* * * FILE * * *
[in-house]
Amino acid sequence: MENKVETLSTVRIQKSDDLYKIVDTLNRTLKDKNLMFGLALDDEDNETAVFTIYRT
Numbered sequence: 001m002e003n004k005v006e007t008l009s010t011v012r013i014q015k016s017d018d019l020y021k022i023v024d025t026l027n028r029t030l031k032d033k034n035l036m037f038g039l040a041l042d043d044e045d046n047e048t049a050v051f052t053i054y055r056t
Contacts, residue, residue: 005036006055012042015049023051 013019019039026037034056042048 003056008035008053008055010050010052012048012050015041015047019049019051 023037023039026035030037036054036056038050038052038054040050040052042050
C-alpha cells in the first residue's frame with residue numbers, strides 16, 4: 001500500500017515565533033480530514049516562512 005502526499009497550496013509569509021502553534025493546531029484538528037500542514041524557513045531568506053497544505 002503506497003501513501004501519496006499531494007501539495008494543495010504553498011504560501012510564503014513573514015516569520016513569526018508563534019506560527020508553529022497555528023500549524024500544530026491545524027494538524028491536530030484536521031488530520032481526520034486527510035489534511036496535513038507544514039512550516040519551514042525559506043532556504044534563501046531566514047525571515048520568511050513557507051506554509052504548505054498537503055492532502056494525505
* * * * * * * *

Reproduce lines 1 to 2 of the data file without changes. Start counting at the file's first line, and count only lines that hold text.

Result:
[in-house]
Amino acid sequence: MENKVETLSTVRIQKSDDLYKIVDTLNRTLKDKNLMFGLALDDEDNETAVFTIYRT